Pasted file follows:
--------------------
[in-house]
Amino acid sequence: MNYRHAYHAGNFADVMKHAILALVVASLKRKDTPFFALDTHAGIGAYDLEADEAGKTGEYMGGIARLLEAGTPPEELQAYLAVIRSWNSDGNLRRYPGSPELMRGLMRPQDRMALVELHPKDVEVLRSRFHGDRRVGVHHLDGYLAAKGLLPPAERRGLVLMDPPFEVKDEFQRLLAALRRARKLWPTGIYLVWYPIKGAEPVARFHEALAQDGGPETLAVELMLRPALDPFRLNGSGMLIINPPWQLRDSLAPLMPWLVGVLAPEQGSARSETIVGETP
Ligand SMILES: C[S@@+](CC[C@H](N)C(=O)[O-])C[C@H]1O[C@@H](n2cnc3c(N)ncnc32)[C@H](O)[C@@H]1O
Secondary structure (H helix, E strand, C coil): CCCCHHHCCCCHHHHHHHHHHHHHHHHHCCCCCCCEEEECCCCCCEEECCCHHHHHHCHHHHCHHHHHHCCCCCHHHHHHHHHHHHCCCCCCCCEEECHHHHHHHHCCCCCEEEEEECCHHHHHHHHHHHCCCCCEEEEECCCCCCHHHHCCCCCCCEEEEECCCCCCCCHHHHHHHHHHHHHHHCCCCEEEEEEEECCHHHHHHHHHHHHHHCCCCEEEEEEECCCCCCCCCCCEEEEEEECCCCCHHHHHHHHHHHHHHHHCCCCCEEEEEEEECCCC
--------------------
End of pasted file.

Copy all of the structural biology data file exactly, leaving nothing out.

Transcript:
[in-house]
Amino acid sequence: MNYRHAYHAGNFADVMKHAILALVVASLKRKDTPFFALDTHAGIGAYDLEADEAGKTGEYMGGIARLLEAGTPPEELQAYLAVIRSWNSDGNLRRYPGSPELMRGLMRPQDRMALVELHPKDVEVLRSRFHGDRRVGVHHLDGYLAAKGLLPPAERRGLVLMDPPFEVKDEFQRLLAALRRARKLWPTGIYLVWYPIKGAEPVARFHEALAQDGGPETLAVELMLRPALDPFRLNGSGMLIINPPWQLRDSLAPLMPWLVGVLAPEQGSARSETIVGETP
Ligand SMILES: C[S@@+](CC[C@H](N)C(=O)[O-])C[C@H]1O[C@@H](n2cnc3c(N)ncnc32)[C@H](O)[C@@H]1O
Secondary structure (H helix, E strand, C coil): CCCCHHHCCCCHHHHHHHHHHHHHHHHHCCCCCCCEEEECCCCCCEEECCCHHHHHHCHHHHCHHHHHHCCCCCHHHHHHHHHHHHCCCCCCCCEEECHHHHHHHHCCCCCEEEEEECCHHHHHHHHHHHCCCCCEEEEECCCCCCHHHHCCCCCCCEEEEECCCCCCCCHHHHHHHHHHHHHHHCCCCEEEEEEEECCHHHHHHHHHHHHHHCCCCEEEEEEECCCCCCCCCCCEEEEEEECCCCCHHHHHHHHHHHHHHHHCCCCCEEEEEEEECCCC